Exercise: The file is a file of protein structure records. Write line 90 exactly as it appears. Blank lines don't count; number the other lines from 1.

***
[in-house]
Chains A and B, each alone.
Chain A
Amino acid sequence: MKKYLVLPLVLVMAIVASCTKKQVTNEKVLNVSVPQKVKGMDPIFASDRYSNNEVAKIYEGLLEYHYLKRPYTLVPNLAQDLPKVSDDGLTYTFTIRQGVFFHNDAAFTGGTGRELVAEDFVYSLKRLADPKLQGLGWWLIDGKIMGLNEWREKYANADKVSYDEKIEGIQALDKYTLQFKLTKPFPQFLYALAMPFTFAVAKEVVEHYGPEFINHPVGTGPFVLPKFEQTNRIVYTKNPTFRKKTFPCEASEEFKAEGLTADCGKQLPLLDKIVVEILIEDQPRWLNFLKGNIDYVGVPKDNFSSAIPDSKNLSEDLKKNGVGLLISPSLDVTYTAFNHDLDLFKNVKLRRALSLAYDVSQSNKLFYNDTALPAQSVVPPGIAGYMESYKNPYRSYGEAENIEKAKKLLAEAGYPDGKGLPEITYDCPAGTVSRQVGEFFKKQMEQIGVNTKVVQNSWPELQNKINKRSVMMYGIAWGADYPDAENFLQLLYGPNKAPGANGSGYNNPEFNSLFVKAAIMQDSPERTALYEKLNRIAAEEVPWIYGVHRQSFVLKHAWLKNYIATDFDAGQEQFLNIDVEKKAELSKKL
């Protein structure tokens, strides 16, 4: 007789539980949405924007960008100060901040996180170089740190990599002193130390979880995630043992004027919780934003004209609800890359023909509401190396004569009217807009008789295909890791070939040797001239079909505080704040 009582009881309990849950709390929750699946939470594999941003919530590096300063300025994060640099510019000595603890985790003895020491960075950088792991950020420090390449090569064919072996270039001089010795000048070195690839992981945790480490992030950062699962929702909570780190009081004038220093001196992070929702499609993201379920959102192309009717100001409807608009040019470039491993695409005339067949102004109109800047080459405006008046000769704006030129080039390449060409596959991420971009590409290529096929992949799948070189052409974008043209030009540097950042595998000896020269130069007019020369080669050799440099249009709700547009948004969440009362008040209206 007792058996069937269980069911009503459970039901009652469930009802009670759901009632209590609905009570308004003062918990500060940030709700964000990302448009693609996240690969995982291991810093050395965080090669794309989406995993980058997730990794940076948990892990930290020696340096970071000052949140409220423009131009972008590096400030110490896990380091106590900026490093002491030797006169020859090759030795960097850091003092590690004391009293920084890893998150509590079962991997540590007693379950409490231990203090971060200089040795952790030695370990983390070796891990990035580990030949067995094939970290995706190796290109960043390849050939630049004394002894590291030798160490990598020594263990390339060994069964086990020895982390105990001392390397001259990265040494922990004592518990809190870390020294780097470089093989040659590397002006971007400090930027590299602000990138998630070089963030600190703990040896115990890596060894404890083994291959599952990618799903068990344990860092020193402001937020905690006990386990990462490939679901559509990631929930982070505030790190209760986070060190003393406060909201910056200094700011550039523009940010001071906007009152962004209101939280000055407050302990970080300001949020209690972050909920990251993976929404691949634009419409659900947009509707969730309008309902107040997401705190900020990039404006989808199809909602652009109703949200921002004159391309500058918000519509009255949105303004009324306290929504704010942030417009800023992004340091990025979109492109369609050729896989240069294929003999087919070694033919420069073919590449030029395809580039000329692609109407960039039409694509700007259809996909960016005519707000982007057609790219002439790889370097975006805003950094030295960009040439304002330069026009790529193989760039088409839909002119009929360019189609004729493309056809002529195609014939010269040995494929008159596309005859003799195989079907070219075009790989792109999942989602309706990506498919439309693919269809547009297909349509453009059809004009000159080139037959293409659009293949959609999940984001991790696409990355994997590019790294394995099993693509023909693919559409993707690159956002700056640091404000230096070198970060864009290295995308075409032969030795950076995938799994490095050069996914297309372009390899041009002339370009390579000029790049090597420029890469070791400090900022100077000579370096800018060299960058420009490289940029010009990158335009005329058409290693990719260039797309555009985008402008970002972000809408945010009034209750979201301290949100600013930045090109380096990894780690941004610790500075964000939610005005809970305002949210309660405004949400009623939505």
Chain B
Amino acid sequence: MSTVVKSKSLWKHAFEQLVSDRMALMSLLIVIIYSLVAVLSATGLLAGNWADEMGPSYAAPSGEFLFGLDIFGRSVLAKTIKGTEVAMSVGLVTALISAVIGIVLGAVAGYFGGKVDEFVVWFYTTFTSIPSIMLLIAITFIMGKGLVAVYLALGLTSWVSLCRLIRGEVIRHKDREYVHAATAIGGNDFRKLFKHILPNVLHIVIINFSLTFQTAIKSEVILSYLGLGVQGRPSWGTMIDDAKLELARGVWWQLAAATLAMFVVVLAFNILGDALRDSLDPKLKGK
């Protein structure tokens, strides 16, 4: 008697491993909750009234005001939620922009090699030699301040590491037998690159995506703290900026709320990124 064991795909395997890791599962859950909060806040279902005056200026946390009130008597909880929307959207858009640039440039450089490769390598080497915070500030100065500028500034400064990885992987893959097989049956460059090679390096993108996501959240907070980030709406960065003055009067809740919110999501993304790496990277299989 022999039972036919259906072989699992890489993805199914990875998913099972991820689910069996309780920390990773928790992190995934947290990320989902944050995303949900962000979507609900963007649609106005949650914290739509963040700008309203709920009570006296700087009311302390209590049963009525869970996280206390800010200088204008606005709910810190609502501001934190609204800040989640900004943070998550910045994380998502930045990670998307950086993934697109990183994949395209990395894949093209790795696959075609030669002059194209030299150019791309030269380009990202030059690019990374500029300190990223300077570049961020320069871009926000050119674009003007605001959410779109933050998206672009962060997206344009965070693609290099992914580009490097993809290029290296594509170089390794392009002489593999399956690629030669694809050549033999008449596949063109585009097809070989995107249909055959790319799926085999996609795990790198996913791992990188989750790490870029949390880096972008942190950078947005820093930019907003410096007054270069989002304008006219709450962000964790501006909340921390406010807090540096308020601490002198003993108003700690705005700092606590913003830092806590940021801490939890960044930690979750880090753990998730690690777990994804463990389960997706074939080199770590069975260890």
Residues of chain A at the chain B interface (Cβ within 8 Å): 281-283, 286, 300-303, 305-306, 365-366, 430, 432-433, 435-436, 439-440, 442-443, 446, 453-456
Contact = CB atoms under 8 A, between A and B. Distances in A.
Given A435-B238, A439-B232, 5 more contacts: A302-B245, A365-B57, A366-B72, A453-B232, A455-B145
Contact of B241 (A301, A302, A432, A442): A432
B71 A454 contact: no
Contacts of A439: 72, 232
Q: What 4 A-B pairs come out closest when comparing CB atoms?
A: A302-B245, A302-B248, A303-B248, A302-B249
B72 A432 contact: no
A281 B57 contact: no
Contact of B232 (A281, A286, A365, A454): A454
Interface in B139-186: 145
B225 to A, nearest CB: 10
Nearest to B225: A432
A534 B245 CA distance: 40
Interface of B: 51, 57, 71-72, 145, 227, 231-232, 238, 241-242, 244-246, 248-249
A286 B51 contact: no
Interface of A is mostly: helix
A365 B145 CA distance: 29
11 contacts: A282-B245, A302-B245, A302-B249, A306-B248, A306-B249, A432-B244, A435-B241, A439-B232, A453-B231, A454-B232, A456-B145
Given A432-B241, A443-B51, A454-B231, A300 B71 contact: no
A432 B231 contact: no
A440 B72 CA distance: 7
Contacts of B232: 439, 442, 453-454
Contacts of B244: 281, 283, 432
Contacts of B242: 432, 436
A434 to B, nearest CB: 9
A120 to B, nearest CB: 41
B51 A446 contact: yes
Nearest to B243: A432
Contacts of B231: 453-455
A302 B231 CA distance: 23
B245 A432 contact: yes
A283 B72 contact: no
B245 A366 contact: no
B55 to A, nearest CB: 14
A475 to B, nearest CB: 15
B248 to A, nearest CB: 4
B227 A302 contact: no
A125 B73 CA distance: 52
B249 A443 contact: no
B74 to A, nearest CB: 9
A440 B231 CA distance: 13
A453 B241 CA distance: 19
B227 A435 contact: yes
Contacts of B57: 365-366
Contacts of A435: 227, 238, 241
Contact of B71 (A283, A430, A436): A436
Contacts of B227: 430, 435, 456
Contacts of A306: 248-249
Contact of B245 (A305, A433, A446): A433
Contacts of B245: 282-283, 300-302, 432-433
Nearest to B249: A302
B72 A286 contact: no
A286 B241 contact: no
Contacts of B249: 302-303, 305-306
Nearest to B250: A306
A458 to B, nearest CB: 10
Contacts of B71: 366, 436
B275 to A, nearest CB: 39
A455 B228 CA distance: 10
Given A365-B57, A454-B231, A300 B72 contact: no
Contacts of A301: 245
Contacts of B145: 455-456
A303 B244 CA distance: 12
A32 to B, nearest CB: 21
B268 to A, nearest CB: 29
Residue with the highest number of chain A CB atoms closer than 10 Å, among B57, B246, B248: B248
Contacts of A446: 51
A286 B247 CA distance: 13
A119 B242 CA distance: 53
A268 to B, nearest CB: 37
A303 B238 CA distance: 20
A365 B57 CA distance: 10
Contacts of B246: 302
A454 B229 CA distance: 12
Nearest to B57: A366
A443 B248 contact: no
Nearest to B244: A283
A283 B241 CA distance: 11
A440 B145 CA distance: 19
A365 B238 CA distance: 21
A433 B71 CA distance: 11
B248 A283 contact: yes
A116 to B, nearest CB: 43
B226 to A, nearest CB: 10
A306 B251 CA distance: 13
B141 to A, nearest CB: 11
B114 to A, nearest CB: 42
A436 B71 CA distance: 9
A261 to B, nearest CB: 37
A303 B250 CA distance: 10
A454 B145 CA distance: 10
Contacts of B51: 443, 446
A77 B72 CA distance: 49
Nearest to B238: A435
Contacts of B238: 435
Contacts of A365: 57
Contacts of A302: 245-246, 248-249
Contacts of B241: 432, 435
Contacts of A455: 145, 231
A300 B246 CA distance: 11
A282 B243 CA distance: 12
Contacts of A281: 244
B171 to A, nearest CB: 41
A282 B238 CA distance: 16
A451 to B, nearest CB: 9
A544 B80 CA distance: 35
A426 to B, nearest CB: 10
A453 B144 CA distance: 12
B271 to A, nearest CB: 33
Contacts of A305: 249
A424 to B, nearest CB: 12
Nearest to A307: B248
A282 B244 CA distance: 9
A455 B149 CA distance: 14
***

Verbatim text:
A365 B238 CA distance: 21